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October 2014 Archives -

October 2014 Posts

I practice, here (or, the importance of the present moment)

Shifting on a low wooden bench, knees tight from the unusual position, my mind wrestles with focus. This is not uncommon, but rather the feel of something ordinary, regular but unnoticed, like the cadence of a subway turnstile in a busy manhattan station.

One thought passes through, a memory from earlier that day. I picture the scene and sift through the critical few moments. The scene is altered, I react differently this time, my mind practicing for the next occurrence.

The flicker of a candle reminds me of where I am and the practice at hand. From somewhere aware I remind myself to let the thought subside, to dwindle out. I first force it away and then calm my attitude, letting it settle out like a candle at the end of it’s wick. It isn’t the result that matters but the action. The goal isn’t an empty mind, but one disciplined to not fixate and focus on the internal world.

Zen is not a practice performed in a group setting, in a room with Asian motifs on every wall. It is, from what I can best ascertain after just two years of experience, a practice of intentional living, the mind trained to be present in each moment. But this does not mean you shouldn’t think of the past or forget what has happened; it means you don’t dwell there.

And this dwelling is the central point and the reason for this writing. When I sit I practice so later I can be more aware of the moment and my place within. Why am I reacting to strongly to the person next to me? Why do I object so strongly to an idea proposed by my wife or a peer? Where am I unintentionally (or even intentionally) deceiving my self or others? Did I even see the new building being built next door?

It will be obvious to most the impact our devices have had on our ability to be present. But this is nothing new. Humanity has seemingly always had books and events and games, among other experiences, distracting us from the moment. Roman leaders would provide food and entertainment to citizens at key moments to distract from the turmoil or gain key political advantage, leading to the expression “bread and circuses”. As long as we are fixated on something more enjoyable we are free from seeing the subtle and nuance, good or bad.

But the now is filled with nuance that is often overlooked. As I write I am looking at a crumpled paper towel. It’s folds and creases unique and original, shadows cast on the side away from the window. Patterns formed in manufacturing create a textured look that could be simply tactile in function or provide for better absorption. In touching the surface in a quiet room a sound is produced, barely audible unless close to my ear. I am reminded of the unmistakable sound of a burning cigarette as an actor in a film takes a long, purposeful draw, its glowing amber reflected in the sound it makes, the volume increased drastically for noticeable effect. I hear the sound of leather shoes on marble flooring (truly one of my very favorite sounds), taking on the rhythmic vocabulary of horse and rider but with the clear and distinct audible aroma of wealth and power.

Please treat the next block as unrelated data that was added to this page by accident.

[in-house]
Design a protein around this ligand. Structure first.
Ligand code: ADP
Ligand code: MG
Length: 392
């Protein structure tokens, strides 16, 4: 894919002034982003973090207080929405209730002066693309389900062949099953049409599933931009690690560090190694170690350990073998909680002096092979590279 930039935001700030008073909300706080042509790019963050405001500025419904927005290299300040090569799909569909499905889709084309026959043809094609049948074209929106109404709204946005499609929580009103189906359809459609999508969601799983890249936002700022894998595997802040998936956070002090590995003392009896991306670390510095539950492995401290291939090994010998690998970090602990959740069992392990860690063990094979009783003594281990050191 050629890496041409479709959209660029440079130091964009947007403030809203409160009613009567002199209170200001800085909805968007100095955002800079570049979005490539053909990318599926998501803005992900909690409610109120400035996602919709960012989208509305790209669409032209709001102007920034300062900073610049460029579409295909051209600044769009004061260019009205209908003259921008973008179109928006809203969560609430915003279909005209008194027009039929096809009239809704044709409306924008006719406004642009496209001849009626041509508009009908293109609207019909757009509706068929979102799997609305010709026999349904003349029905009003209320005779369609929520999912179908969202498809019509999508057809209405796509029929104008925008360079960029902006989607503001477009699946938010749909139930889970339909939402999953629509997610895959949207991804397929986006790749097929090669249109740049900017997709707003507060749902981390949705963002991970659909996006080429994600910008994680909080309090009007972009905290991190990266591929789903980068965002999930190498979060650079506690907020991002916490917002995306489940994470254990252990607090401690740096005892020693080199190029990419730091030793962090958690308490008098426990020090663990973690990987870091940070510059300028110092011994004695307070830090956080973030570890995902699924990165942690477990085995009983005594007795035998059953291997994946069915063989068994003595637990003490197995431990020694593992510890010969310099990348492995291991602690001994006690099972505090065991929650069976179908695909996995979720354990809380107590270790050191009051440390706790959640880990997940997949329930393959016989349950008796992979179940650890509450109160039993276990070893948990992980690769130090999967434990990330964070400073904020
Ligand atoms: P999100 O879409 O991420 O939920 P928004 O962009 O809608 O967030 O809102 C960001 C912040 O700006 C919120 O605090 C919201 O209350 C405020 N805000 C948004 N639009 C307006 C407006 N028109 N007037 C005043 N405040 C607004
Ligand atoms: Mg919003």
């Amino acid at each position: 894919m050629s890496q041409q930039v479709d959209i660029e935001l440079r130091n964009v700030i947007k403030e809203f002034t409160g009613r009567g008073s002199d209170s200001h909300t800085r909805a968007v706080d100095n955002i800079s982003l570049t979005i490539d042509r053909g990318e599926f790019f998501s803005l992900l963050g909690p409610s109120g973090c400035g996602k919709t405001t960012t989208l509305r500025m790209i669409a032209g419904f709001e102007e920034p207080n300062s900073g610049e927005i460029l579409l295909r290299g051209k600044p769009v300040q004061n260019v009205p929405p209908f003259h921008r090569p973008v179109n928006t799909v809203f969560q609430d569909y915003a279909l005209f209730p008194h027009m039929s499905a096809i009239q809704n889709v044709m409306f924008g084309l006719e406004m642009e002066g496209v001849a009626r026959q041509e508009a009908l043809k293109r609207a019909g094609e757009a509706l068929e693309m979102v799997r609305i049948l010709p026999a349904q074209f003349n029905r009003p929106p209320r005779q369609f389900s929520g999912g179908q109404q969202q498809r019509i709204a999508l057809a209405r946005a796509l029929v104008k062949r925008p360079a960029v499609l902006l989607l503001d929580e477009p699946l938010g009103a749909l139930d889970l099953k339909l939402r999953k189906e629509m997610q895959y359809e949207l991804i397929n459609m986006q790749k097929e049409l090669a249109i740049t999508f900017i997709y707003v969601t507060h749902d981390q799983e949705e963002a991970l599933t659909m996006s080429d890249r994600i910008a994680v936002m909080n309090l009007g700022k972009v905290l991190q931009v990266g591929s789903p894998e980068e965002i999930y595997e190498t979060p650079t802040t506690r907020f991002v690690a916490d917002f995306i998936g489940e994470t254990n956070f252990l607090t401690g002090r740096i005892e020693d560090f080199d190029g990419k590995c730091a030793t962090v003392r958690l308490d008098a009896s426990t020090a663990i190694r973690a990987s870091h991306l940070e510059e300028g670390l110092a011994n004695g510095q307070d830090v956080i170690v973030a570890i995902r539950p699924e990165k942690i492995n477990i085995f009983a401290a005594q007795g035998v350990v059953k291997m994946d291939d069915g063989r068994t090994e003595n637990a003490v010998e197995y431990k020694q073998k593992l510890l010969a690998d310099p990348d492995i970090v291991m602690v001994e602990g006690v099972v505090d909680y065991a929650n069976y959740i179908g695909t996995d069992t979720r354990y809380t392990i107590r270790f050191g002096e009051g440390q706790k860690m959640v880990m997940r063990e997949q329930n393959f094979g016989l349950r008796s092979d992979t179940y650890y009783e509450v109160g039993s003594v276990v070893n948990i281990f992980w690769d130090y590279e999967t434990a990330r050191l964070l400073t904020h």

This moment would have never happened had I been fixated on yesterday, or a recent issue with someone close, my mind plagued and overrun with the memory.

I do not use the word plague lightly. A thought can be truly overwhelming, overtaking all other thoughts and plunging the body into a physiological reaction. As someone with diagnosed OCD, I know this feeling well. Perfectly comfortable in bed at night, lights off, drifting off to sleep, I often get up and check the door again to ensure it is still locked from the last time I checked minutes ago. The thought of insecurity and “what if” permeates and courses through my mind like red dye in a glass of clear water, my body raising my heart rate and releasing cortisol. Until I react I can not go to sleep, I believe. It seems or feels out of my control.

It is difficult to know how we will feel or react to a situation. Sometimes the mind is treated as a separate entity in the way we might refer to our bodies as separate but connected. The mind seems to, well, have a mind of its own. The lion will never be tamed, but it can be trained. This may seem like a limitation, but it is not. In training we might have a full experience, not limited to what ever mental conditioning we have been subjected to that has gone on unchecked for so long it feels natural and normal.

With practice I create space and room to breathe. My emotions and thoughts are expressions, or tenants, rather than owners. I let them come and go. I see the value and benefit to feeling them but I do not let them invade and take over.

The more we see these moments for what they are, our emotions and reactions too, the closer we come to seeing ourselves for who we really are. Who am I?

These are things I notice and am learning as I practice, here.

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The Art and Experience of Music